def check_iterable_item_type(iter_obj):
""" Check if all items within an iterable are the same type.
iter_obj: iterable object
iter_type: type of item contained within the iterable. If
the iterable has many types, a boolean False is returned instead.
iseq = iter(iter_obj)
first_type = type(next(iseq))
except StopIteration:
return False
except Exception as ex:
return False
return first_type if all((type(x) is first_type) for x in iseq) else False
# encoding: utf-8
Created by Danny Price 2012-05-28.
Hickle is a HDF5 based clone of Pickle. Instead of serializing to a
pickle file, Hickle dumps to a HDF5 file. It is designed to be as similar
to pickle in usage as possible.
## Notes
This is a legacy handler, for hickle v1 files.
If V2 reading fails, this will be called as a fail-over.
import os
import sys
import numpy as np
import h5py as h5
if sys.version_info.major == 3:
NoneType = type(None)
from types import NoneType
__version__ = "1.3.0"
__author__ = "Danny Price"
## Error handling ##
class FileError(Exception):
""" An exception raised if the file is fishy"""
def __init__(self):
def __str__(self):
print("Error: cannot open file. Please pass either a filename string, a file object, "
"or a h5py.File")
class NoMatchError(Exception):
""" An exception raised if the object type is not understood (or supported)"""
def __init__(self):
def __str__(self):
print("Error: this type of python object cannot be converted into a hickle.")
class ToDoError(Exception):
""" An exception raised for non-implemented functionality"""
def __init__(self):
def __str__(self):
print("Error: this functionality hasn't been implemented yet.")
class H5GroupWrapper(h5.Group):
def create_dataset(self, *args, **kwargs):
kwargs['track_times'] = getattr(self, 'track_times', True)
return super(H5GroupWrapper, self).create_dataset(*args, **kwargs)
def create_group(self, *args, **kwargs):
group = super(H5GroupWrapper, self).create_group(*args, **kwargs)
group.__class__ = H5GroupWrapper
group.track_times = getattr(self, 'track_times', True)
return group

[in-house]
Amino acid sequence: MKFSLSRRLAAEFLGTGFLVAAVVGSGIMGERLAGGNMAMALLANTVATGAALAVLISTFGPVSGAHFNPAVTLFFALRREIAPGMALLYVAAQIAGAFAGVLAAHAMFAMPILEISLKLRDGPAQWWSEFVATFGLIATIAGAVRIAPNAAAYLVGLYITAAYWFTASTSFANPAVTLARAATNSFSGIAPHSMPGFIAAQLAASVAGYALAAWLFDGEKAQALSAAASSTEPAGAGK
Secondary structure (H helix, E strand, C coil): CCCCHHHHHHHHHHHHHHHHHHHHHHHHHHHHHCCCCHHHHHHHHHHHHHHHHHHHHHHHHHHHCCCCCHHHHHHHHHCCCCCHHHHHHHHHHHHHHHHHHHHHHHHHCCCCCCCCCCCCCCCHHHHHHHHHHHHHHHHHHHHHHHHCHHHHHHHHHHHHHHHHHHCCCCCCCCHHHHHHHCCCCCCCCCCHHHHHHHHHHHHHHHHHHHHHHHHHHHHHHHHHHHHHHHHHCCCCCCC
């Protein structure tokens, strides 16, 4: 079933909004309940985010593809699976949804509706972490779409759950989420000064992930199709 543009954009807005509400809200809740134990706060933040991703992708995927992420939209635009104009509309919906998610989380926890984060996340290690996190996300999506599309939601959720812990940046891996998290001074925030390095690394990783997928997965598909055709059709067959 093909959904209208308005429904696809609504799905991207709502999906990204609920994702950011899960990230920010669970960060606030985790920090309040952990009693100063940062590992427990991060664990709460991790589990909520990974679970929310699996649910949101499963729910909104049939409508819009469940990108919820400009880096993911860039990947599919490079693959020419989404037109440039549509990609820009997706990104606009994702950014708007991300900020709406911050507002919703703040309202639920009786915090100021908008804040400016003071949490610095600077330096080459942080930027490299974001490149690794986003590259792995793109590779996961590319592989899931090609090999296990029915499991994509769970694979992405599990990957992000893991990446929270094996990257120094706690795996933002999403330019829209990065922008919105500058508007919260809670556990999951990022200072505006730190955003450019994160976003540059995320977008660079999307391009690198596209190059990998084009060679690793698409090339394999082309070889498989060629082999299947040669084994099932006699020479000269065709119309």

class H5FileWrapper(h5.File):
def create_dataset(self, *args, **kwargs):
kwargs['track_times'] = getattr(self, 'track_times', True)
return super(H5FileWrapper, self).create_dataset(*args, **kwargs)
def create_group(self, *args, **kwargs):
group = super(H5FileWrapper, self).create_group(*args, **kwargs)
group.__class__ = H5GroupWrapper
group.track_times = getattr(self, 'track_times', True)
return group
def file_opener(f, mode='r', track_times=True):
""" A file opener helper function with some error handling.
This can open files through a file object, a h5py file, or just the filename.
# Were we handed a file object or just a file name string?
if isinstance(f, file):
filename, mode =, f.mode
h5f = h5.File(filename, mode)
elif isinstance(f, h5._hl.files.File):
h5f = f
elif isinstance(f, str):
filename = f
h5f = h5.File(filename, mode)
raise FileError
h5f.__class__ = H5FileWrapper
h5f.track_times = track_times
return h5f
## dumpers ##
def dump_ndarray(obj, h5f, **kwargs):
""" dumps an ndarray object to h5py file"""
h5f.create_dataset('data', data=obj, **kwargs)
h5f.create_dataset('type', data=['ndarray'])
def dump_np_dtype(obj, h5f, **kwargs):
""" dumps an np dtype object to h5py file"""
h5f.create_dataset('data', data=obj)
h5f.create_dataset('type', data=['np_dtype'])
def dump_np_dtype_dict(obj, h5f, **kwargs):
""" dumps an np dtype object within a group"""
h5f.create_dataset('data', data=obj)
h5f.create_dataset('_data', data=['np_dtype'])
def dump_masked(obj, h5f, **kwargs):
""" dumps an ndarray object to h5py file"""
h5f.create_dataset('data', data=obj, **kwargs)
h5f.create_dataset('mask', data=obj.mask, **kwargs)
h5f.create_dataset('type', data=['masked'])
def dump_list(obj, h5f, **kwargs):
""" dumps a list object to h5py file"""
# Check if there are any numpy arrays in the list
contains_numpy = any(isinstance(el, np.ndarray) for el in obj)
if contains_numpy:
_dump_list_np(obj, h5f, **kwargs)
h5f.create_dataset('data', data=obj, **kwargs)
h5f.create_dataset('type', data=['list'])
def _dump_list_np(obj, h5f, **kwargs):
""" Dump a list of numpy objects to file """
np_group = h5f.create_group('data')